Kelly Porter, a Salem, Mass., mother of two young children is quoted as saying, “Anyplace where your car would be idling, I just automatically shut the car off.” What’s more, “I used to drive 80 on the highway, and now I never go over 70,” Kelly says. Her new driving method not only saves gas, the newspaper reports, it’s also 627247_washing_daysafer.

In the latest issue of National Geographic, I read about Janice Haney of Greensburg Kan., who is featured in a double-spread color photo hanging clothes out to dry. “We don’t have to waste electricity on the dryer,” Janice says. “The good old Kansas wind can do it on its own.” (Now, didn’t my mom used to say that 20 years ago: “Why run the dryer when you can just use the clothes line in the back yard?”)

Eating out is out, I read. Families are discovering the charm of cocking together and eating, everybody at the same time, around the kitchen table. “Giving up meals out of the house was tough, but once they did, they started saving and became closer as a family,” the USA Today says about the Walkers of New Haven, Mich. “Going to the grocery store and making dinner has become a family event,” mom Mitzi Walker says, pleased.

Hmmmh. Is this what it takes? A major economic crisis for us to rediscover the mossy lifestyles that our parents and grandparents enjoyed? Perhaps those days weren’t so bad, after all? We do know that those pre-internet, pre-globalization people didn’t waste energy the way us Baby Boomers learned to do. They were frugal and therefore pretty green.

Recession, got to love it.

Recycle – what for?

January 31, 2009

Ouch. Another wine bottle tossed into the kitchen trash can. Another empty cracker box, plastic milk jug, soda can, margarine container, folded newspaper. It’s Christmas and the amount of trash we produce during one single family dinner is enormous. N932064_city_dumpothing gets recycled and nobody seems to care.

Then my mother-in-law makes a remarkable and unexpected statement: “One of my New Year’s resolutions is to start recycling,” she declares. She has barely finished her sentence before I get to work, digging wine bottles out of the trash. “We’ll keep them in the garage for now,” I tell my surprised in-laws.

This is what Sweden does to you. It turns you into a recycling zealot. Once a week, the garbage truck showed up in our Stockholm suburb to weigh our garbage. The more garbage we produced, the higher our monthly bill would be.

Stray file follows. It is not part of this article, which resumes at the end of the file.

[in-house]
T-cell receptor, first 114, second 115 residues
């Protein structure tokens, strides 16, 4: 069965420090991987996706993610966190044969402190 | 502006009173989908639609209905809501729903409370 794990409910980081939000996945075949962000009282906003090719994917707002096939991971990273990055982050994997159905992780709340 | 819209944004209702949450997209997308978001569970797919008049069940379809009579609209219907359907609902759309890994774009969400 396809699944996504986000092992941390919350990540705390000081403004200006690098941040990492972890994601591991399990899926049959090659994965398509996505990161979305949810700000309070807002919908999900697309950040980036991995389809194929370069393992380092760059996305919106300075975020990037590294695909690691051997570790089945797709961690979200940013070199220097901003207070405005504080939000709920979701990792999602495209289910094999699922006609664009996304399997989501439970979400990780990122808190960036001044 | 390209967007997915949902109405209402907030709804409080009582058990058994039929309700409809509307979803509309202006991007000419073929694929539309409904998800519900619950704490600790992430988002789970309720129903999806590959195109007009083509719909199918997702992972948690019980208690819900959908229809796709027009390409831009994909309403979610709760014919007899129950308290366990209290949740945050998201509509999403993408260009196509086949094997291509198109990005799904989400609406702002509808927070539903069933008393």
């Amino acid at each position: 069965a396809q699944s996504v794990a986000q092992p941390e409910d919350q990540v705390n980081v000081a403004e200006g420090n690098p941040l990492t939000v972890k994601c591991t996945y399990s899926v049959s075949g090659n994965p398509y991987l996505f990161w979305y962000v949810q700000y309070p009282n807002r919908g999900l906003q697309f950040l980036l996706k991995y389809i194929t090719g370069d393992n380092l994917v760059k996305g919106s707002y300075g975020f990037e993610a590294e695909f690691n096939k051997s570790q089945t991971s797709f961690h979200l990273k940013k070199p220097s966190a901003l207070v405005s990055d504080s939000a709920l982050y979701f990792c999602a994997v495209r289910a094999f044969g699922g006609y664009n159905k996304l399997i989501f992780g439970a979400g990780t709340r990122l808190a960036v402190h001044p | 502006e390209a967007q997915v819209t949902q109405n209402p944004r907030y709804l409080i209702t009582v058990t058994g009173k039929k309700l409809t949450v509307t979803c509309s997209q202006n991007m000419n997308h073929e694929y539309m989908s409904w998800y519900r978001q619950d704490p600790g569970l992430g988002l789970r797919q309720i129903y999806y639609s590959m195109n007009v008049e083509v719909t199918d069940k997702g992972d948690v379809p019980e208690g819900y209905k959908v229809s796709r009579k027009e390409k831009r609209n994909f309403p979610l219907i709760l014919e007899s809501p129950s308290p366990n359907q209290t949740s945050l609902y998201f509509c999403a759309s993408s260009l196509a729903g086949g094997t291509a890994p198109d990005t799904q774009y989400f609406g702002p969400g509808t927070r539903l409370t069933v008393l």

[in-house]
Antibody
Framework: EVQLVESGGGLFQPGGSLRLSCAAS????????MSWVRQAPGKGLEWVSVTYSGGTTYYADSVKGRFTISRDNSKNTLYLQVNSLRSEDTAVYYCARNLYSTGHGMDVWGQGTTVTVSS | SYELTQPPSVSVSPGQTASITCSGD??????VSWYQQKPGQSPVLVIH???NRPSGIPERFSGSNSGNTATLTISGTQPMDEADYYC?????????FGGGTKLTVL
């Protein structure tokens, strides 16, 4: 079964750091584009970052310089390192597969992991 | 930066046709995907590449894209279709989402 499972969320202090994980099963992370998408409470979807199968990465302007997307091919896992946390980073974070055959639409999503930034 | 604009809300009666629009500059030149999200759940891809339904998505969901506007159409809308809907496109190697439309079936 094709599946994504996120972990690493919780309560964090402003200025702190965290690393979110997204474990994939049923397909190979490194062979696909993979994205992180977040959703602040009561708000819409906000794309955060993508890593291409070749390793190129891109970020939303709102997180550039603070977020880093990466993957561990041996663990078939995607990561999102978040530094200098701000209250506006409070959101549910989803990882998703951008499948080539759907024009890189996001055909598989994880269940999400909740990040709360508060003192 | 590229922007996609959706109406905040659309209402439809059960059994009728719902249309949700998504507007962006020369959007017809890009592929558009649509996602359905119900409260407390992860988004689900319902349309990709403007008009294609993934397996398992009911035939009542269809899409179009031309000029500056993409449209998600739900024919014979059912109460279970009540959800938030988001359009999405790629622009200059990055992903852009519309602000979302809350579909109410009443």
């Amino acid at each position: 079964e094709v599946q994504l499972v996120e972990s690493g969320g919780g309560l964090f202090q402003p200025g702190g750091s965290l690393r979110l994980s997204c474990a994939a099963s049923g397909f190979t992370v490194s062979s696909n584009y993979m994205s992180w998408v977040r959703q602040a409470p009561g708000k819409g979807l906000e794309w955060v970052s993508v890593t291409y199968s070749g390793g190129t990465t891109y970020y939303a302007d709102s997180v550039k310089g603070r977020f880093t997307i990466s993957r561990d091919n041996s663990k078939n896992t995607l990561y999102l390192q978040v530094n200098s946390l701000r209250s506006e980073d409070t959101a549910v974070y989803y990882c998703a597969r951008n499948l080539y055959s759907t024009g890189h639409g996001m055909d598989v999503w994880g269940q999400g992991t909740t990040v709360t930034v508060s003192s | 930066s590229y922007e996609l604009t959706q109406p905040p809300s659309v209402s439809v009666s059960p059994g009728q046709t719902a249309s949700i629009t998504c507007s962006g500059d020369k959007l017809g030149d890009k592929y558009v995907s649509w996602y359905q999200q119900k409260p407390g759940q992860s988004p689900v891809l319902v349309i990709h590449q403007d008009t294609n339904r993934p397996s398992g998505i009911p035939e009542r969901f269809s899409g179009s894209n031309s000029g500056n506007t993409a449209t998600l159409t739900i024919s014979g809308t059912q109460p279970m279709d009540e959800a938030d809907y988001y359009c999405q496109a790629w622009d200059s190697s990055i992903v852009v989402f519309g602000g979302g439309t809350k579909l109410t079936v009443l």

Those of us who separated our organic food waste and stuck it in biodegradable bags in a special trash can paid less than those who would throw everything in the main trash can. And those who produced less garbage by bringing paper, plastics, cans and glass to one of the many recycling stations in our county paid even less.

Recycling, to Swedes, is a lifestyle.

Every weekend, I would fill our Honda Combi with bags of 736426_recycle_2waste. Green glass was separated from clear glass, plastics from newspapers, soup cans from milk cartons, and thrown into large green containers. Plastic soda bottles and beer cans, however, would go in a special bag destined for the grocery store.

There, people lined up in front of large machines that swallowed the cans, crunched them up and spit out a receipt. We’d give the store cashier the receipt and the bottle redemption was deducted from our grocery bill.

A small incentive, but it worked – just like the threat of a larger garbage bill did. No wonder, only 4 percent of Swedish garbage ends up in the landfill.

Although the country of 9 million produces nearly 24 percent more waste today than a decade ago (4.7 million tons), nearly 50 percent of all Swedish trash is recycled. Another 46 percent is incinerated at high temperatures to produce heat for apartment buildings in metropolitan areas. By comparison, more than half of all municipal waste in the United States still still went to the landfill in 2007, according to the Environmental Protection Agency’s latest report.

This is not rocket science. Give people a financial incentive and efficient recycling programs and they do the right thing. So why don’t we?